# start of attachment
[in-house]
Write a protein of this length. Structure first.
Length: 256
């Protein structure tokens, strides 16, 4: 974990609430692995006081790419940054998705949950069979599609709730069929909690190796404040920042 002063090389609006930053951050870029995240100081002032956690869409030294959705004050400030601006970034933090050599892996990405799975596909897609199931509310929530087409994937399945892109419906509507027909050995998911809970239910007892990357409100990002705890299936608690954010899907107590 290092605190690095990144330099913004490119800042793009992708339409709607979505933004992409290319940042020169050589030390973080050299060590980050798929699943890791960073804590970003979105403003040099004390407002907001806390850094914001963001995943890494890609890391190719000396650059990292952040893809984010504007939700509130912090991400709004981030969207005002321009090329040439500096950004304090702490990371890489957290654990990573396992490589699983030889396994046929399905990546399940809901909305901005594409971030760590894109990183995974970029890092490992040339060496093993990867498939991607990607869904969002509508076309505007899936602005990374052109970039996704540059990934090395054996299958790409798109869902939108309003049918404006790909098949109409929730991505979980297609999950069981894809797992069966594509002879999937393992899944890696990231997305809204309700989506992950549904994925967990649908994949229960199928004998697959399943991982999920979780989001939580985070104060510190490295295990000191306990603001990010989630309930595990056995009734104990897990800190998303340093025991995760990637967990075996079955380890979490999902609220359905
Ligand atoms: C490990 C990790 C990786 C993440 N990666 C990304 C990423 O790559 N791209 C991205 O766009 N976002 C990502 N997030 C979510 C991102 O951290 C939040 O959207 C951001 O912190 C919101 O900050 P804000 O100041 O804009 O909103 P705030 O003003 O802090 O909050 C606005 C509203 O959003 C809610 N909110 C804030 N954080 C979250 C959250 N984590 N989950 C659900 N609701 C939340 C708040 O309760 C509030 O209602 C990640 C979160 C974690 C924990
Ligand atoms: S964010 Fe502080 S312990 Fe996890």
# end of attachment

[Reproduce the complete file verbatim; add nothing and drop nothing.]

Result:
[in-house]
Write a protein of this length. Structure first.
Length: 256
């Protein structure tokens, strides 16, 4: 974990609430692995006081790419940054998705949950069979599609709730069929909690190796404040920042 002063090389609006930053951050870029995240100081002032956690869409030294959705004050400030601006970034933090050599892996990405799975596909897609199931509310929530087409994937399945892109419906509507027909050995998911809970239910007892990357409100990002705890299936608690954010899907107590 290092605190690095990144330099913004490119800042793009992708339409709607979505933004992409290319940042020169050589030390973080050299060590980050798929699943890791960073804590970003979105403003040099004390407002907001806390850094914001963001995943890494890609890391190719000396650059990292952040893809984010504007939700509130912090991400709004981030969207005002321009090329040439500096950004304090702490990371890489957290654990990573396992490589699983030889396994046929399905990546399940809901909305901005594409971030760590894109990183995974970029890092490992040339060496093993990867498939991607990607869904969002509508076309505007899936602005990374052109970039996704540059990934090395054996299958790409798109869902939108309003049918404006790909098949109409929730991505979980297609999950069981894809797992069966594509002879999937393992899944890696990231997305809204309700989506992950549904994925967990649908994949229960199928004998697959399943991982999920979780989001939580985070104060510190490295295990000191306990603001990010989630309930595990056995009734104990897990800190998303340093025991995760990637967990075996079955380890979490999902609220359905
Ligand atoms: C490990 C990790 C990786 C993440 N990666 C990304 C990423 O790559 N791209 C991205 O766009 N976002 C990502 N997030 C979510 C991102 O951290 C939040 O959207 C951001 O912190 C919101 O900050 P804000 O100041 O804009 O909103 P705030 O003003 O802090 O909050 C606005 C509203 O959003 C809610 N909110 C804030 N954080 C979250 C959250 N984590 N989950 C659900 N609701 C939340 C708040 O309760 C509030 O209602 C990640 C979160 C974690 C924990
Ligand atoms: S964010 Fe502080 S312990 Fe996890």